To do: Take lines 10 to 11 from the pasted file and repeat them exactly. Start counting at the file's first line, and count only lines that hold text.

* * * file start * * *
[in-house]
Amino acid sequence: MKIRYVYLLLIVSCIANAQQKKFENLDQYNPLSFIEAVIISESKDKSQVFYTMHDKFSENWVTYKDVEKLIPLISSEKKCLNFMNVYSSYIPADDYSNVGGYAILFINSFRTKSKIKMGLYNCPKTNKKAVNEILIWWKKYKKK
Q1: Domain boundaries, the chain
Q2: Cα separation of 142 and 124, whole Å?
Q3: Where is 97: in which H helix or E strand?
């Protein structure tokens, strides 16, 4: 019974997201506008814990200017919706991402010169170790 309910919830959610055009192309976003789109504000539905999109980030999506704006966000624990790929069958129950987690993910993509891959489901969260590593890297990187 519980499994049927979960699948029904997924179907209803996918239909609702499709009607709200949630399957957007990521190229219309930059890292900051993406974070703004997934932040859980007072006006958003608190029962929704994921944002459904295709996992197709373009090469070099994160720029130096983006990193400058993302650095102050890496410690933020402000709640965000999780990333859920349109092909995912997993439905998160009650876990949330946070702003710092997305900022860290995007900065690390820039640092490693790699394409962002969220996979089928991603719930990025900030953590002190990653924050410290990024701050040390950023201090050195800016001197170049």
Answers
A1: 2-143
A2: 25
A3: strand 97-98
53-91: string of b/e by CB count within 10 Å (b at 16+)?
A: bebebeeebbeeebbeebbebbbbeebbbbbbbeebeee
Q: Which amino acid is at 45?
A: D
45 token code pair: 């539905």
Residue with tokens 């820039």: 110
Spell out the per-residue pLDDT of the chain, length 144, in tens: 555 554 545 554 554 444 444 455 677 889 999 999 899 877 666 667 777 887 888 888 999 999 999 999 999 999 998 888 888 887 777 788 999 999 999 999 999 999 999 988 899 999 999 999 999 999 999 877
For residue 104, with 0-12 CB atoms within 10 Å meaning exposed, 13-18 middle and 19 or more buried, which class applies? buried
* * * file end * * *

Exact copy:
A3: strand 97-98
53-91: string of b/e by CB count within 10 Å (b at 16+)?